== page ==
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It is not possible to measure the electrode potential of a single electrode in isolation. This idea can be explained very simply.
This equation relates the zero-current cell potential to the activities of the reactants and products in the cell reaction. The Gibbs Energy of reaction, ΔGr , can always be written in the following way.
Standard cell potentials find many uses as sources of thermodynamic information of interest.
The solubility, S, of a salt may be defined as the molality of a saturated solution of that salt, and, for a relatively insoluble salt, may be estimated from the standard potential of the appropriate cell.
The half-reaction in a standard hydrogen electrode is as follows.
As the cell reaction in an electrochemical cell progresses, electrons move through a wire connecting the two electrodes until the equilibrium point of the cell reaction is reached, at which point the flow of electrons ceases.
Before a discussion of the cell reaction, it is necessary to introduce the notation used to represent electrochemical cells as cell diagrams.
When the ionic strength of a solution is too high for the Debye-Hückel limiting law to be valid (ie the molality of the solution is too high), the mean activity coefficient may be estimated from the extended Debye-Hückel law
Coulombic interactions between ions in solution are relatively strong, long-range forces compared to the other types of intermolecular force in solution. They are thus an important contributor to the non-ideality of ionic solutions, and in the Debye-Hückel theory of such solutions, they are taken to dominate the non-ideality to such an extent that all other contributions may be neglected.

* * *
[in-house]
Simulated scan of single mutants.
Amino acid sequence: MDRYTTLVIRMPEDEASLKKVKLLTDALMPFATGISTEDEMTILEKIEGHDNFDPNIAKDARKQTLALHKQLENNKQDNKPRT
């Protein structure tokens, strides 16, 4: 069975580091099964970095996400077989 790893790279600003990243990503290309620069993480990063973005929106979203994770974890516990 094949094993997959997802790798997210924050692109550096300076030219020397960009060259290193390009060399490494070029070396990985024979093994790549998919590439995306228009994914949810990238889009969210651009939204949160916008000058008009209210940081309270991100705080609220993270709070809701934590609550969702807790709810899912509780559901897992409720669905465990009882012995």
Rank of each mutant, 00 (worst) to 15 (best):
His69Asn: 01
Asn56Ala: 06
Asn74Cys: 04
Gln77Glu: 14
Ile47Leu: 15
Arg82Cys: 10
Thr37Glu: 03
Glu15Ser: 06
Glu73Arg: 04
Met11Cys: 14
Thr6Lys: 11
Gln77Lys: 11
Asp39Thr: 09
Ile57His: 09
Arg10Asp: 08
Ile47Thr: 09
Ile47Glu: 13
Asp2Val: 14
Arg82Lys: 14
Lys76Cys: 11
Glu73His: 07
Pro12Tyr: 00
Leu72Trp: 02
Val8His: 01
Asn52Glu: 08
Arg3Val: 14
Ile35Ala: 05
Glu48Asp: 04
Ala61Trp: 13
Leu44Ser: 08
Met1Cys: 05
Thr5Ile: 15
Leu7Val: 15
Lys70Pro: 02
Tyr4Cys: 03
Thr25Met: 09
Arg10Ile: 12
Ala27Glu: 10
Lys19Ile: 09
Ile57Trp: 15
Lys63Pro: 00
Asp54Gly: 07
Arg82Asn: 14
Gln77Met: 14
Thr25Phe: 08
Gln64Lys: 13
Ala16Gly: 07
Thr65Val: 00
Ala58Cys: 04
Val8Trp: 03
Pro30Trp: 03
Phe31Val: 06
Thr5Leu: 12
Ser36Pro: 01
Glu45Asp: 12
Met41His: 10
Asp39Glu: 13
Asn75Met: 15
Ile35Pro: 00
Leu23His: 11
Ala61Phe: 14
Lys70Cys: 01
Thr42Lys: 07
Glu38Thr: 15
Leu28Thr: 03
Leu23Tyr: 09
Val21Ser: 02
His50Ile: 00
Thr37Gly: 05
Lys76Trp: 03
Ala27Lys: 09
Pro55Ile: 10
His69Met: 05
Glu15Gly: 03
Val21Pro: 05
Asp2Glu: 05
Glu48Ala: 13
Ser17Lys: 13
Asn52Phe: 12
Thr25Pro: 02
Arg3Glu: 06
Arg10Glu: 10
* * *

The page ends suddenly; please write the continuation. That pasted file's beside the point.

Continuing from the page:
An electrochemical cell consists of two electrodes, which are simply metallic conductors, in contact with an ionic conductor called the electrolyte. (Though the most commonly encountered electrolytes are ionic solutions, they may also be liquids, e.g. molten potassium bromide, or solids, e.g. solid silver iodide. The only criterion is that the substance must be an ionic conductor.
Oxidation is defined as the removal of electrons from a species, while reduction is the addition of electrons to a species. Any reaction in which there is a transfer of electrons from one species to another is thus called a redox reaction.
It is convenient to separate an overall redox reaction into two half-reactions (see previous page) because the reduction and oxidation processes which make up the overall reaction of an electrochemical cell are separated in space.
An ideal solution may be defined as one in which the interactions between all the species present are equal (equivalent to saying ΔH of mixing is zero).